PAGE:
Marijuana Possession and DUI

In 2015, the Arizona Supreme Court issued a ruling confirming that the Arizona Medical Marijuana Act of 2010 allows for medical marijuana patients who have been arrested on a marijuana DUI charge to put forward an affirmative defense.

The affirmative defense would need to show evidence that the concentration in their body was not enough to be considered impaired while driving.

  • Police Must Prove Impairment

    On December 22, 2016, the Arizona Court of Appeals issued a ruling that law enforcement agencies in the state must prove that a person was too impaired to drive safely to successfully prosecute them as a DUI offender.The challenge in proving medical marijuana DUI stems from the fact there is no established legal threshold for driving impaired. Further complicating the establishment of a threshold is that someone who consumes medical marijuana regularly could have a higher concentration in their blood even 12 hours after their last dose and yet not be impaired.

  • DUI Is Still DUI

    Having a possible defense does not mean that the patient won’t be charged or even convicted. Driving under the influence of other prescription drugs can result in a DUI charge, as well.The best practice for the safety of drivers, their passengers and other people on the road is to not drive a motor vehicle while under the influence of any medication that has the potential to impair judgment or driving skills.

  • Penalty for Possession Without a Medical Card

    Currently, there is no amount of marijuana that a person can legally possess in the state of Arizona unless that person holds a valid medical marijuana card. Marijuana is considered a Schedule 1 controlled substance, putting it in the same category as heroin. The possession of any amount of marijuana can result in being charged with a felony.If you have under 2 pounds, you will likely be charged with a Class 6 felony. If convicted, you could face up to two years of incarceration. If the charges are lowered to a Class 1 misdemeanor, you could still face up to six months in prison or probation. Fines can range from $750 to a maximum of $150,000.

 

 

Federal Prosecution for Marijuana Use

Even though President Donald Trump publicly expressed his support of medical marijuana, the purchase, possession or sale of marijuana is still illegal under federal law.

Under the presidency of Barack Obama, then-U.S. Deputy Attorney General James M. Cole drafted a memorandum now referred to as the Cole Memorandum. While not legalizing medical marijuana, the Cole Memorandum deprioritized enforcing federal laws relating to marijuana in states that had legalized medical dispensing. What this meant is that it was still considered illegal on the federal level, but that the federal government generally refrained from pressing charges.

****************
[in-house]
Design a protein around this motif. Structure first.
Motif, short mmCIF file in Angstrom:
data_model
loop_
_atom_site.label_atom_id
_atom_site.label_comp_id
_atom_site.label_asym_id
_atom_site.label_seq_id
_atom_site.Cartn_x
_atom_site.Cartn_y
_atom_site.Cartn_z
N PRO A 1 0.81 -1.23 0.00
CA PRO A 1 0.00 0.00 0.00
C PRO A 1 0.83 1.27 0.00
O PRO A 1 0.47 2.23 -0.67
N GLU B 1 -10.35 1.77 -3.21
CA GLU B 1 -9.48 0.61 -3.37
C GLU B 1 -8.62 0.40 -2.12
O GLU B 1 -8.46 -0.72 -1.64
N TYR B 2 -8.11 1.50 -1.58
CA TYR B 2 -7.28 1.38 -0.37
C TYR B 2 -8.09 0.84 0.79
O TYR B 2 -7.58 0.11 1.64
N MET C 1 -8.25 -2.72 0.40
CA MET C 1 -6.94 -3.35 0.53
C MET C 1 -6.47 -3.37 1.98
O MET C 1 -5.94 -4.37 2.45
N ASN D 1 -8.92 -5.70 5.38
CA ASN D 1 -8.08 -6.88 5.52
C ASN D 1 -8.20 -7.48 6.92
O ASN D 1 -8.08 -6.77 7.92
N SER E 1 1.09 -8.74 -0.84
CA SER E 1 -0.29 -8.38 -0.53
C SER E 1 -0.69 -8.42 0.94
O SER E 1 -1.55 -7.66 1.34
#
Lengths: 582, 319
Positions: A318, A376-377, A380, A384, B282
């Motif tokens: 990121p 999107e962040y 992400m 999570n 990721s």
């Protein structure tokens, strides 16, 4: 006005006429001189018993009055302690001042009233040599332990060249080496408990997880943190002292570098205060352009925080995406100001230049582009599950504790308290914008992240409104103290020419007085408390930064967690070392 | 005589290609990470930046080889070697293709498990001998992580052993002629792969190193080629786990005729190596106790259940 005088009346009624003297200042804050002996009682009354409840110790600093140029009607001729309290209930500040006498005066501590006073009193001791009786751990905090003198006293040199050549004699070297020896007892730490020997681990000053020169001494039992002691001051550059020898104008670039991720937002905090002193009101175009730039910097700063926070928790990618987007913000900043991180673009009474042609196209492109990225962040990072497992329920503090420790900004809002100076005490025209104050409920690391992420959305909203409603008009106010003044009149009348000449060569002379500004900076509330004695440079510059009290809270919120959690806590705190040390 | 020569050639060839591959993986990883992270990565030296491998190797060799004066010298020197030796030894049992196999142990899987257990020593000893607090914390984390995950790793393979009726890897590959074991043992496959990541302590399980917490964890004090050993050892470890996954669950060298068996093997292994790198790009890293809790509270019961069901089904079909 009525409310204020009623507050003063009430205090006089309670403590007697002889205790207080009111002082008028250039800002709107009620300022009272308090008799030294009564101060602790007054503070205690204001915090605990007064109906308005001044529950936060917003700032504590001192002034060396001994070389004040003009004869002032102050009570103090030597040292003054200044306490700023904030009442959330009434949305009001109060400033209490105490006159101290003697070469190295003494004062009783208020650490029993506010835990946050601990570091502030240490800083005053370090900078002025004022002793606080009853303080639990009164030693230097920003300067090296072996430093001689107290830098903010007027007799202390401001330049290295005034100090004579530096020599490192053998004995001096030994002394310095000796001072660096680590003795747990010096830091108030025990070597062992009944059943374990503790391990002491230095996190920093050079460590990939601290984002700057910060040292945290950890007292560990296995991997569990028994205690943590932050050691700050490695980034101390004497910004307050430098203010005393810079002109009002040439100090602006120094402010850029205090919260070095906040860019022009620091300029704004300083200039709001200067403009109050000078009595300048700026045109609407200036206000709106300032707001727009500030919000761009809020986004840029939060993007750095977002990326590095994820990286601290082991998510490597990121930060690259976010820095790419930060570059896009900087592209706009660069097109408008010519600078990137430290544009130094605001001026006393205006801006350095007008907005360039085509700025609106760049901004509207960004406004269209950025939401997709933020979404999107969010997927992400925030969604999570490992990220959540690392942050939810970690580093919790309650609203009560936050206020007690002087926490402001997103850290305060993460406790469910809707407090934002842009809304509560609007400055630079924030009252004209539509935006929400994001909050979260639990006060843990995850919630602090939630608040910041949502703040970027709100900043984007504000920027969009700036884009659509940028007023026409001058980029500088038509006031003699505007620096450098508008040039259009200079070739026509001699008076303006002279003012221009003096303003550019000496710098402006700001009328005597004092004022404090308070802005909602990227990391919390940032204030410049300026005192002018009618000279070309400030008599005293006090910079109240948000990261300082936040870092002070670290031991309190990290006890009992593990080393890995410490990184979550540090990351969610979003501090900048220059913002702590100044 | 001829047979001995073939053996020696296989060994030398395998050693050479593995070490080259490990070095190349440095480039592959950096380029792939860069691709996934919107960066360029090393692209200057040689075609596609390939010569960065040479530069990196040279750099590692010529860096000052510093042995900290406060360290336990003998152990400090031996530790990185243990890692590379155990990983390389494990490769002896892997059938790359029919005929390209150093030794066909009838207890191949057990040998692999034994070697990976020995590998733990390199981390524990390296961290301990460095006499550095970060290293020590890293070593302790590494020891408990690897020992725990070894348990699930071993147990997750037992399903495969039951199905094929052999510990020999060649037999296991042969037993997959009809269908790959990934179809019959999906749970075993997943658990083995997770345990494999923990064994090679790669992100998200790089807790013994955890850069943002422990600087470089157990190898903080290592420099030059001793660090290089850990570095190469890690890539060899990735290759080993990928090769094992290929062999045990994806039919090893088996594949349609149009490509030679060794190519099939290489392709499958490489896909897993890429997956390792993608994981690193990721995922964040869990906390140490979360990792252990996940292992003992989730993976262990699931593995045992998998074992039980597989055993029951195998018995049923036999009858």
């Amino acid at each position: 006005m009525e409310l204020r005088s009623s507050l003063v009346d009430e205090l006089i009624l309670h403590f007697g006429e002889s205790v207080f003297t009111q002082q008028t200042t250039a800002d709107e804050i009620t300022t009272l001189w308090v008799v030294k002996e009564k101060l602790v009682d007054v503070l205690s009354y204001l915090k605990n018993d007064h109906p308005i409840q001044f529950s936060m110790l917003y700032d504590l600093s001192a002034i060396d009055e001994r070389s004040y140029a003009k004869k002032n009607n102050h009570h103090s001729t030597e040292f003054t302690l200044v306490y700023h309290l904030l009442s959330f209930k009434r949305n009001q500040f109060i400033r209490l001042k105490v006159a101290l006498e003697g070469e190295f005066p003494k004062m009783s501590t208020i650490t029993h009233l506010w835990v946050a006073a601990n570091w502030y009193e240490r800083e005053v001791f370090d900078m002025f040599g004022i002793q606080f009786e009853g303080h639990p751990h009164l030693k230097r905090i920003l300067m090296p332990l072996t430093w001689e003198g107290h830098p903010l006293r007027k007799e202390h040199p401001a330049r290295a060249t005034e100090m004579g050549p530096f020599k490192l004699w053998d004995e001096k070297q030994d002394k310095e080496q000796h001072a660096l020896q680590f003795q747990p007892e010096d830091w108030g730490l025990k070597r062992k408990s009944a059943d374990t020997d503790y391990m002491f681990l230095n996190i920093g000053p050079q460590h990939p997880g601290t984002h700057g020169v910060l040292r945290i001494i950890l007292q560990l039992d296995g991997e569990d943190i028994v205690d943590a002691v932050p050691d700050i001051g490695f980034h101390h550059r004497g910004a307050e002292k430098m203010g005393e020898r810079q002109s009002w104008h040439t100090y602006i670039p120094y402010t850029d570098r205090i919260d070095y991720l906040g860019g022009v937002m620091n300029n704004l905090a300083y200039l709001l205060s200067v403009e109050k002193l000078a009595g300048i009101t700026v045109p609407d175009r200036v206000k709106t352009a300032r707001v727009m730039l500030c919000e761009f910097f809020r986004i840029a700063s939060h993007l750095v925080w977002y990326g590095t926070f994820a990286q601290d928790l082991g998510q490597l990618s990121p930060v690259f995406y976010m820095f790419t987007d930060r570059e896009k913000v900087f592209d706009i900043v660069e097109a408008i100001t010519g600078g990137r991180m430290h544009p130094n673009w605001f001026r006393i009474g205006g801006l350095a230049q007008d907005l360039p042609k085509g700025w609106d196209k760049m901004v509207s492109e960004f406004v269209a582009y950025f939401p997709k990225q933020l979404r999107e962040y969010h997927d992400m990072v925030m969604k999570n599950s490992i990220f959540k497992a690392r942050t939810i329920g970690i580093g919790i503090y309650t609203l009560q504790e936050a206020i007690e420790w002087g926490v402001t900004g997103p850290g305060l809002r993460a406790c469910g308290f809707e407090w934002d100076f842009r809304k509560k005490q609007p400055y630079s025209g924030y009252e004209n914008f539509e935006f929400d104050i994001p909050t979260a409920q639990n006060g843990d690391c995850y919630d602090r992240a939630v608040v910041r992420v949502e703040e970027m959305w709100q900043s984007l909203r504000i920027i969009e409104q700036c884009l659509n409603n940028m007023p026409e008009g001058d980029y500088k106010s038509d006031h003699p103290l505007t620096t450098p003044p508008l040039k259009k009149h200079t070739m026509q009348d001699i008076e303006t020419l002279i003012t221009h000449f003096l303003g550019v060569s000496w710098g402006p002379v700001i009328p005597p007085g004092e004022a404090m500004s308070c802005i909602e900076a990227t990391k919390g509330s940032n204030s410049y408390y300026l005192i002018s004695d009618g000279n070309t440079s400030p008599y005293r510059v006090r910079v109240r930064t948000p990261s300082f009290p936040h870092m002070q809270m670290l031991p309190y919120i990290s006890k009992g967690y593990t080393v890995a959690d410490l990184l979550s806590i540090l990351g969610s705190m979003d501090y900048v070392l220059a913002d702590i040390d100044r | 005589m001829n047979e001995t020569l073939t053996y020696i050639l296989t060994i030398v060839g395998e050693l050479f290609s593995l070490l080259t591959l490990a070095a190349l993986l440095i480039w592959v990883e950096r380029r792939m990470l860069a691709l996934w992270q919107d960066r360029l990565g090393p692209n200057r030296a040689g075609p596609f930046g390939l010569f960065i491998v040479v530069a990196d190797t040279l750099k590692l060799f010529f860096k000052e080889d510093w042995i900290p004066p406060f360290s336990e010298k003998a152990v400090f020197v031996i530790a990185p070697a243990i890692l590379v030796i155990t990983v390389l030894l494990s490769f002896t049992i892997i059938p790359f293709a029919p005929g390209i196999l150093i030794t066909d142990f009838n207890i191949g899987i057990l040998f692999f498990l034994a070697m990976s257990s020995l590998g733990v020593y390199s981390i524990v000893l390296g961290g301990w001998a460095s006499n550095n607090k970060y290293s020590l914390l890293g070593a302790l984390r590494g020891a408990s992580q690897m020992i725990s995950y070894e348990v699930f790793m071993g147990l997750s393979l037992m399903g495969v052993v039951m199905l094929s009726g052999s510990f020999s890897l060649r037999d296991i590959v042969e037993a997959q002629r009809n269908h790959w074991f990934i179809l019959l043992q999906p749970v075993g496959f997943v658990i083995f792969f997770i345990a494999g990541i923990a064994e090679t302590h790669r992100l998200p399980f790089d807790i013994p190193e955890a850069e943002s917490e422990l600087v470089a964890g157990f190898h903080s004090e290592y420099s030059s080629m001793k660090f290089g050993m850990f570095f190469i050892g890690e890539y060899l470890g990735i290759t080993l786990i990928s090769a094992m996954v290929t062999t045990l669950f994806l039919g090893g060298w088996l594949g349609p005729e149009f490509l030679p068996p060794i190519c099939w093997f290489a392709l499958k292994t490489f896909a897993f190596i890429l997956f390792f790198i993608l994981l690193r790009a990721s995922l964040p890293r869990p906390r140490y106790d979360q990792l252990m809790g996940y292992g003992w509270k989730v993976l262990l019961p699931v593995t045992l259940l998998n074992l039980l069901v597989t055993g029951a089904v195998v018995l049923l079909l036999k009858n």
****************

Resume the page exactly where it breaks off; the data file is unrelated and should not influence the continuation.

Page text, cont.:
Current Attorney General Jeff Sessions rescinded the Cole Memorandum on January 4, 2018, leaving prosecutorial decisions up to individual federal prosecutors.

  • Possibility of Marijuana Conviction Forgiveness

    In general, Arizona doesn’t allow for the expungement of a criminal record, as is the case in some other states. It does, however, have a provision for requesting that a conviction be set aside. A criminal conviction that gets set aside remains on the person’s record and can be used as evidence in future prosecution efforts.At this time, there is no way to know for certain whether there will be a provision for relief for those convicted of a marijuana-related offense if recreational use is approved on the November 2018 ballot.

    Some people are under the assumption that the current medical marijuana provision will protect them from prosecution if they get a medical marijuana card after they have been arrested. This is not the case. To try to prevent prosecution for possessing marijuana, one must have been approved for a medical card before the time of arrest. It is important to proactively obtain the right to receive marijuana medication if it’s needed

 

 

A Kind Approach

Utilizing someone else’s card or otherwise obtaining marijuana through illegal means puts you at risk of arrest and prosecution. If you are suffering with an ailment that medical marijuana can treat, the best solution is to try to become a medical marijuana patient.

By obtaining a registry identification card through the Arizona Medical Marijuana Program, you can legally obtain the medication you deserve to curb your symptoms gently and effectively without having to turn to addictive narcotics.

If you are ready to try a holistic approach to treating your illness or pain, Kind Meds can help. We provide high-quality products in various delivery forms. Our goal is to change people’s lives through education and quality cannabis medication. Visit our Get My Card page to find out how to start feeling better in four simple steps.